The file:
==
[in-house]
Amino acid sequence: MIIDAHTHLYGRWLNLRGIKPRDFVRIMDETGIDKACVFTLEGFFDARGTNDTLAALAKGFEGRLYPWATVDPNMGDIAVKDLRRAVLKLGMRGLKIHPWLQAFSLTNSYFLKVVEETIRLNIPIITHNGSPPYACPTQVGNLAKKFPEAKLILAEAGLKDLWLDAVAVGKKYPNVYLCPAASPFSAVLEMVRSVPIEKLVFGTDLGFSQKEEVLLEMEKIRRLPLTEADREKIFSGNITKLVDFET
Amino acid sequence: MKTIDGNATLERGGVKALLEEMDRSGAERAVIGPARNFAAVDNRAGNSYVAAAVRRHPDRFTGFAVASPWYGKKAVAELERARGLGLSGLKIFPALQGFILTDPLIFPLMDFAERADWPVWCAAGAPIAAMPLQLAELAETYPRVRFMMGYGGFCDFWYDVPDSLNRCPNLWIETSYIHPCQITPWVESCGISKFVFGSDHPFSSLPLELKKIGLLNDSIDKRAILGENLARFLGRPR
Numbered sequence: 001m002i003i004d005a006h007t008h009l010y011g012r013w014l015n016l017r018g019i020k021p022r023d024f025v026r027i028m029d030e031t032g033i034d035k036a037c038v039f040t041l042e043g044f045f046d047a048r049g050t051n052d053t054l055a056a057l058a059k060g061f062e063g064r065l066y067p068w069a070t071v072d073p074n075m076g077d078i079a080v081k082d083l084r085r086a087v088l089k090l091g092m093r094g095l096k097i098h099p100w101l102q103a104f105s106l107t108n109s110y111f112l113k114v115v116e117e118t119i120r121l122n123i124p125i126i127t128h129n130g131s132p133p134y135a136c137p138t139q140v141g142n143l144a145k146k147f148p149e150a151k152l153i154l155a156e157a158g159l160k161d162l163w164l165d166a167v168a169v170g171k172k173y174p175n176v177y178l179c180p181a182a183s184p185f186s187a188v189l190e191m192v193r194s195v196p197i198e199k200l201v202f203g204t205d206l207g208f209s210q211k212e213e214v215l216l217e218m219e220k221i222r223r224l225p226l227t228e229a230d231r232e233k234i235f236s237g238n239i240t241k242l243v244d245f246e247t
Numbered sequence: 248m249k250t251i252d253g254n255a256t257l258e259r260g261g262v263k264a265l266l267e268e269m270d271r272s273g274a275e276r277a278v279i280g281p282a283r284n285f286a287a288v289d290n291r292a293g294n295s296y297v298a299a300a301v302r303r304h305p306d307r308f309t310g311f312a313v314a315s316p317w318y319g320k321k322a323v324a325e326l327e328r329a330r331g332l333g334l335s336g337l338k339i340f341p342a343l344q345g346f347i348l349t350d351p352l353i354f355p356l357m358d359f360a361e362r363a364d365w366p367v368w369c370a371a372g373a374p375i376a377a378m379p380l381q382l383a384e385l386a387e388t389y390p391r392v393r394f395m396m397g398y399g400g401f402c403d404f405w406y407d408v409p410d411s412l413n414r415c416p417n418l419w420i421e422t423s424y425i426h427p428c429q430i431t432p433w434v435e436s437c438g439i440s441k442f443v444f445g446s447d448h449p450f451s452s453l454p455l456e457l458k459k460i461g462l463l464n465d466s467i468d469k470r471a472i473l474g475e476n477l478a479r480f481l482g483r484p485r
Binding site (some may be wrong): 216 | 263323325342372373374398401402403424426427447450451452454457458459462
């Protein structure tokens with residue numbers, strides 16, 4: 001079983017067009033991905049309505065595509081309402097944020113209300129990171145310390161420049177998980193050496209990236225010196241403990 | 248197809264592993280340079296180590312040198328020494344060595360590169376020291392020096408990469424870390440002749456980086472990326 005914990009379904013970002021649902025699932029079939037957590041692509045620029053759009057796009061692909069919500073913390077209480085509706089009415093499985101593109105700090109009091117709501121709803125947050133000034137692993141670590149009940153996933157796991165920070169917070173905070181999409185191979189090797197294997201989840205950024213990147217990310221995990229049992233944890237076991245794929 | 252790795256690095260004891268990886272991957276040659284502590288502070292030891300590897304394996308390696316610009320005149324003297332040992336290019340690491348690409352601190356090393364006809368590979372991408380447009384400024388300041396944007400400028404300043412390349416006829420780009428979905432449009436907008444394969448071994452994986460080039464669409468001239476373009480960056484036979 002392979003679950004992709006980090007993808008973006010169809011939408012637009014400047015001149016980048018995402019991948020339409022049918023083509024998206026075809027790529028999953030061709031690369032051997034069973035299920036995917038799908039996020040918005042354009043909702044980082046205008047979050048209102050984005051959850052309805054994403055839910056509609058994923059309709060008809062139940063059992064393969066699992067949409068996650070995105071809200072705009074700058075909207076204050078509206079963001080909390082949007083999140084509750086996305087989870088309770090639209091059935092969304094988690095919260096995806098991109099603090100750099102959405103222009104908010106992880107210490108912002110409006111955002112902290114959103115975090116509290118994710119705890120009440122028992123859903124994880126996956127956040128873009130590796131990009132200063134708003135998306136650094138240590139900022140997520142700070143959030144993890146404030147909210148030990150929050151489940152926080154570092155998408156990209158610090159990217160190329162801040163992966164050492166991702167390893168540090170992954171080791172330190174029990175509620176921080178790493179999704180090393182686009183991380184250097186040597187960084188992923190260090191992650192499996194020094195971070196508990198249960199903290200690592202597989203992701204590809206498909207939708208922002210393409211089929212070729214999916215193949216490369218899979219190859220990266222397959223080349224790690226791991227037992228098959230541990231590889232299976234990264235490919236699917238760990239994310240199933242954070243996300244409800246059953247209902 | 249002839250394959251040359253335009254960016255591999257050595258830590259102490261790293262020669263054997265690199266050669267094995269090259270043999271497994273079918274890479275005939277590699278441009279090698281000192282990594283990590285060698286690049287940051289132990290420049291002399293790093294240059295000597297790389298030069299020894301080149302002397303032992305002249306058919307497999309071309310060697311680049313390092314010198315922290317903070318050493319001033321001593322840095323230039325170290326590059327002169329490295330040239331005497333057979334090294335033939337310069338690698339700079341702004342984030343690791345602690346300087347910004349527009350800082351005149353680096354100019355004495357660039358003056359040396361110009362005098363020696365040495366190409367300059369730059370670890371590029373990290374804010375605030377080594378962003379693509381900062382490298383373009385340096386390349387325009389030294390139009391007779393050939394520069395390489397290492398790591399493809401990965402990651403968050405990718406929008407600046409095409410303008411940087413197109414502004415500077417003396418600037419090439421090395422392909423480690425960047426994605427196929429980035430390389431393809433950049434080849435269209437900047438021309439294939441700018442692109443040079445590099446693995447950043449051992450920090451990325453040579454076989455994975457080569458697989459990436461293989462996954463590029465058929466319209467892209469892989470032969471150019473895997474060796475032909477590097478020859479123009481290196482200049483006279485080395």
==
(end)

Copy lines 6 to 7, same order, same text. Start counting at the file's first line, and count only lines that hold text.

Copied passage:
Binding site (some may be wrong): 216 | 263323325342372373374398401402403424426427447450451452454457458459462
């Protein structure tokens with residue numbers, strides 16, 4: 001079983017067009033991905049309505065595509081309402097944020113209300129990171145310390161420049177998980193050496209990236225010196241403990 | 248197809264592993280340079296180590312040198328020494344060595360590169376020291392020096408990469424870390440002749456980086472990326 005914990009379904013970002021649902025699932029079939037957590041692509045620029053759009057796009061692909069919500073913390077209480085509706089009415093499985101593109105700090109009091117709501121709803125947050133000034137692993141670590149009940153996933157796991165920070169917070173905070181999409185191979189090797197294997201989840205950024213990147217990310221995990229049992233944890237076991245794929 | 252790795256690095260004891268990886272991957276040659284502590288502070292030891300590897304394996308390696316610009320005149324003297332040992336290019340690491348690409352601190356090393364006809368590979372991408380447009384400024388300041396944007400400028404300043412390349416006829420780009428979905432449009436907008444394969448071994452994986460080039464669409468001239476373009480960056484036979 002392979003679950004992709006980090007993808008973006010169809011939408012637009014400047015001149016980048018995402019991948020339409022049918023083509024998206026075809027790529028999953030061709031690369032051997034069973035299920036995917038799908039996020040918005042354009043909702044980082046205008047979050048209102050984005051959850052309805054994403055839910056509609058994923059309709060008809062139940063059992064393969066699992067949409068996650070995105071809200072705009074700058075909207076204050078509206079963001080909390082949007083999140084509750086996305087989870088309770090639209091059935092969304094988690095919260096995806098991109099603090100750099102959405103222009104908010106992880107210490108912002110409006111955002112902290114959103115975090116509290118994710119705890120009440122028992123859903124994880126996956127956040128873009130590796131990009132200063134708003135998306136650094138240590139900022140997520142700070143959030144993890146404030147909210148030990150929050151489940152926080154570092155998408156990209158610090159990217160190329162801040163992966164050492166991702167390893168540090170992954171080791172330190174029990175509620176921080178790493179999704180090393182686009183991380184250097186040597187960084188992923190260090191992650192499996194020094195971070196508990198249960199903290200690592202597989203992701204590809206498909207939708208922002210393409211089929212070729214999916215193949216490369218899979219190859220990266222397959223080349224790690226791991227037992228098959230541990231590889232299976234990264235490919236699917238760990239994310240199933242954070243996300244409800246059953247209902 | 249002839250394959251040359253335009254960016255591999257050595258830590259102490261790293262020669263054997265690199266050669267094995269090259270043999271497994273079918274890479275005939277590699278441009279090698281000192282990594283990590285060698286690049287940051289132990290420049291002399293790093294240059295000597297790389298030069299020894301080149302002397303032992305002249306058919307497999309071309310060697311680049313390092314010198315922290317903070318050493319001033321001593322840095323230039325170290326590059327002169329490295330040239331005497333057979334090294335033939337310069338690698339700079341702004342984030343690791345602690346300087347910004349527009350800082351005149353680096354100019355004495357660039358003056359040396361110009362005098363020696365040495366190409367300059369730059370670890371590029373990290374804010375605030377080594378962003379693509381900062382490298383373009385340096386390349387325009389030294390139009391007779393050939394520069395390489397290492398790591399493809401990965402990651403968050405990718406929008407600046409095409410303008411940087413197109414502004415500077417003396418600037419090439421090395422392909423480690425960047426994605427196929429980035430390389431393809433950049434080849435269209437900047438021309439294939441700018442692109443040079445590099446693995447950043449051992450920090451990325453040579454076989455994975457080569458697989459990436461293989462996954463590029465058929466319209467892209469892989470032969471150019473895997474060796475032909477590097478020859479123009481290196482200049483006279485080395």